Priced at $99 per month for the most affordable package, BuzzSumo analyzes all major social media channels to see which content is resonating with readers in real time. For example, you could enter “PPC” as a keyword or subject of interest, and BuzzSumo will display the most-shared content across all major networks. This allows you to see at-a-glance which topics are being shared the most and identify topic areas that are either timely or very popular.
This approach is perfect for using other content as a starting point (as in the influencer and contrarian marketing examples above) and for capitalizing on trending topics to kick-start your content amplification efforts. Essential.
It’s no secret that we’re all huge fans of Buffer at WordStream. Not only do the folks at Buffer run one of the best blogs in the business, they also make an awesome product of the same name trusted by social media managers everywhere.
Image via Buffer
At first glance, Buffer is just another social media scheduling tool. Although scheduling is a crucial part of Buffer’s functionality, there’s way more to it than that. For one, users have the option of scheduling tweets at optimal times depending on the social network in question. As Buffer’s own data shows, not every social network is similar in terms of when the most people are active at any given time.
Image via Buffer
Another excellent content amplification feature within Buffer is the ability for users to “re-Buffer” old content from their dashboard. This can be done manually or automatically, but however you choose to do it, being able to quickly and easily share old content again is a major boost to any content amplification project.
Buffer is free for individual use, with paid plans ranging from $10 to $399.
Remember how we talked about influencer marketing earlier? Wouldn’t it be nice if there was a sleek software tool that made influencer marketing easier? Well, there is, and it’s called Little Bird.
Image via TechCrunch
Little Bird is a software tool that makes identifying, connecting with, and sharing content with influencers easy. The software boasts an extensive feature set, including robust social media monitoring and graphing tools to help visualize connections between your business and influencers in your industry. It also features content monitoring and sharing tools (similar to those offered by BuzzSumo), making it easy to see what influential people are talking about.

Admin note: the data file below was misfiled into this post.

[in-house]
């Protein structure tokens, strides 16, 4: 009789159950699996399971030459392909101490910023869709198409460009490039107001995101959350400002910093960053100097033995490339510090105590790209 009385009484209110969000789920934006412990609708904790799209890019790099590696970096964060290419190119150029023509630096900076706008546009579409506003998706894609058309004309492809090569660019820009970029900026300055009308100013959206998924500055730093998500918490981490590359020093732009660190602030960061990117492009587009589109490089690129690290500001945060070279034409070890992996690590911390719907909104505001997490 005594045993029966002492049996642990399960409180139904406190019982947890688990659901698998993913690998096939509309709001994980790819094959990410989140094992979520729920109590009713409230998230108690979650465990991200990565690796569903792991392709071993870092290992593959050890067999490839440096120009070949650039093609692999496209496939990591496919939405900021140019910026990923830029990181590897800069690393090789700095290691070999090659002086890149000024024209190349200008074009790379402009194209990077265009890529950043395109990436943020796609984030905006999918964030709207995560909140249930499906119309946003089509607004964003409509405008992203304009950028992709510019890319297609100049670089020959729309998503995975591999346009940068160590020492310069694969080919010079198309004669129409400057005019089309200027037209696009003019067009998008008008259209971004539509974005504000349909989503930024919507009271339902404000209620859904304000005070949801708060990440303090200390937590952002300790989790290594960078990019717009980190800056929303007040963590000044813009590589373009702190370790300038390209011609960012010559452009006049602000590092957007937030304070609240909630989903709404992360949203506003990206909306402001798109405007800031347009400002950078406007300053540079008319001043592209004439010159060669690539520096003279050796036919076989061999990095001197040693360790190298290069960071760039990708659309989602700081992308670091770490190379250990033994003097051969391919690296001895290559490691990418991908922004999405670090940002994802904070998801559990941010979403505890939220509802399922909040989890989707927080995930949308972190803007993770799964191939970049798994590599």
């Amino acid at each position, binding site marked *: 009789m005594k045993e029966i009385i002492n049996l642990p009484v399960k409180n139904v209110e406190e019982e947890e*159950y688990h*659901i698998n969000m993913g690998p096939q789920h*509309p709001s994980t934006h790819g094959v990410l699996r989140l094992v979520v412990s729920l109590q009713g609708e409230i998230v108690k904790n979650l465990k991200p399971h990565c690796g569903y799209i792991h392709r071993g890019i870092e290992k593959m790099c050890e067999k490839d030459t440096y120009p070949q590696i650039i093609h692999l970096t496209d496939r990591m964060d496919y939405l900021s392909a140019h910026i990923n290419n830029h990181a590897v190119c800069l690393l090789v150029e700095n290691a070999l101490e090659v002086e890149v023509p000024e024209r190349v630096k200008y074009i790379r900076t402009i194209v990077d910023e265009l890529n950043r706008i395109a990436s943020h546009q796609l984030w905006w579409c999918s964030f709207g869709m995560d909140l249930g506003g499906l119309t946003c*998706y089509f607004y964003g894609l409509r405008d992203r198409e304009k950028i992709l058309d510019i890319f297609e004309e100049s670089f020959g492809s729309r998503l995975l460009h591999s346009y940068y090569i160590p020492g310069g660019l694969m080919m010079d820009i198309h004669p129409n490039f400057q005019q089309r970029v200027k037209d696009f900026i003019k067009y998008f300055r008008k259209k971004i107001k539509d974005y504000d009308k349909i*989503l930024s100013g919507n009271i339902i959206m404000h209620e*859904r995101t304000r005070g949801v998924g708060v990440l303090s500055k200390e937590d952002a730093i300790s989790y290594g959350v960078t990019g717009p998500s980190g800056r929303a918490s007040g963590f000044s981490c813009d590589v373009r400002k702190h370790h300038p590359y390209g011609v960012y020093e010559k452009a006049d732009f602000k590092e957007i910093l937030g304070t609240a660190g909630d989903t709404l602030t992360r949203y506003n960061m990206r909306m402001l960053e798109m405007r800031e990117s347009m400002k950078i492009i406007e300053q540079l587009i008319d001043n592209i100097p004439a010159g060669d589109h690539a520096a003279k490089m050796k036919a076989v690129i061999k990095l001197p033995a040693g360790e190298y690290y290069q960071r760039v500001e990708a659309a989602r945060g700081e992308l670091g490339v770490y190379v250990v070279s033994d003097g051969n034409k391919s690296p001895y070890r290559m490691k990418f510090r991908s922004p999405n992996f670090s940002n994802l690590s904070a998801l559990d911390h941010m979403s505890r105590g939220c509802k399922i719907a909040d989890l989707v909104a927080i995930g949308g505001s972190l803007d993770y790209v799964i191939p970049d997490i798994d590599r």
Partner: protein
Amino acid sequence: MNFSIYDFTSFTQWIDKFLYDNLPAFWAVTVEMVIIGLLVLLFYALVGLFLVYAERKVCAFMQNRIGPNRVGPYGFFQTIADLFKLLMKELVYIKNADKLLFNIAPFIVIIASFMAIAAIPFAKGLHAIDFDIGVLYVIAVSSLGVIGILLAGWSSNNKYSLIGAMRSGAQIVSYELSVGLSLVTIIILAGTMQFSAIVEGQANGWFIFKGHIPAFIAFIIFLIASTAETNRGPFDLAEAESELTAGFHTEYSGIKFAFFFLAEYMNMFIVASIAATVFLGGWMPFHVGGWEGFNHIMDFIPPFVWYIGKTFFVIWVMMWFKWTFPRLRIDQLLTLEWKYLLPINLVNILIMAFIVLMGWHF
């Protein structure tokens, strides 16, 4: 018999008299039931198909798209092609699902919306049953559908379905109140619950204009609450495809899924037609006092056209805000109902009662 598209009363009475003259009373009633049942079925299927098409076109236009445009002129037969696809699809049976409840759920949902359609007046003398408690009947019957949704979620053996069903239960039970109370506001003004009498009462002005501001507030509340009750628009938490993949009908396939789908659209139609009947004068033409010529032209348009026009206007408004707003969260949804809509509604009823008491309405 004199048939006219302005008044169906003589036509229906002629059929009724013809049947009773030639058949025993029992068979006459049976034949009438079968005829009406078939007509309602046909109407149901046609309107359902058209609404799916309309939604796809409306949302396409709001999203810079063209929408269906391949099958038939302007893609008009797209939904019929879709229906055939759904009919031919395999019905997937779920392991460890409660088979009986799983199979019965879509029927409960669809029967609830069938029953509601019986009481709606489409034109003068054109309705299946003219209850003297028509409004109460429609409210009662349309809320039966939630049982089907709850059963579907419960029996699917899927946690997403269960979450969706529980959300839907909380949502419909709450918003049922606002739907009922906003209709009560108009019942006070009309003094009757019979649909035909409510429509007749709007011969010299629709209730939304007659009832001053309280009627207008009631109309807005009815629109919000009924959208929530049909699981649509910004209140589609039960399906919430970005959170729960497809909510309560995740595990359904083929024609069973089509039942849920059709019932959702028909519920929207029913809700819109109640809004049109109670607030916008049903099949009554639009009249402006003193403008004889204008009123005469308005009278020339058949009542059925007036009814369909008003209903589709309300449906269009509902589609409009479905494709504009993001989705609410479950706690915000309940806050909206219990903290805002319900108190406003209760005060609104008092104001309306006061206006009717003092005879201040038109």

Finally, Little Bird has a diverse advertising toolset, including social graph analysis functionality, relationship mapping tools, and contextual connection insights that can drive more effective content advertising and social campaigns.
Unfortunately, there is no current pricing information available anywhere on Little Bird’s website. Three years ago, Little Bird plans began at $50 for individuals (limited to five reports per month), ranging up to $250 per month for small businesses, $500 for mid-sized businesses, and bespoke pricing plans for enterprise-level clients. These figures may no longer be accurate, so be sure to thoroughly discuss Little Bird’s pricing plans with a company representative before making a commitment.
Many content amplification tools share much of the same functionality, which can make choosing between them a challenge. Fortunately, some tools distinguish themselves by offering functionality that few or no other tools can, which is why BuzzStream is definitely worth a look.
Image via BuzzStream
Describing BuzzStream in a few words is pretty difficult. The software boasts a wide range of features, from outreach tracking to team and project management. You can track every stage of your editorial, PR, and outreach workflows, assign stages of projects to specific individuals, and track everything from an intuitive centralized dashboard.
BuzzStream also offers several tools that similar software does not, such as link building and SEO tools. This diversity of functionality combined with the simple, cross-platform project management tools makes BuzzStream a potentially deadly weapon in your content amplification arsenal. BuzzStream plans range from $24 per month for the Starter level, up to $299 per month for the Professional plan. Custom pricing is also available for larger teams.
If you’ve made it this far (and you haven’t been deafened by the sound of all this awesomeness), you’ve learned everything you need to get started with content amplification. We’ve covered a lot of ground, so here’s a quick TL;DR (“too long; didn’t read” for those of you scratching your head) to recap the essentials:
Nigel Tufnel, living rock and roll legend
The tips, techniques, and tools mentioned in this post are far from the only such ways to approach and work with content amplification, but hopefully you’ve got a much better idea of how to start amplifying your content and expanding your reach. If you have any tips and tricks of your own when it comes to amplifying content, get at me in the comments.
Originally from the U.K., Dan Shewan is a journalist and web content specialist who now lives and writes in New England. Dan’s work has appeared in a wide range of publications in print and online, including The Guardian, The Daily Beast, Pacific Standard magazine, The Independent, McSweeney’s Internet Tendency, and many other outlets.
See other posts by Dan Shewan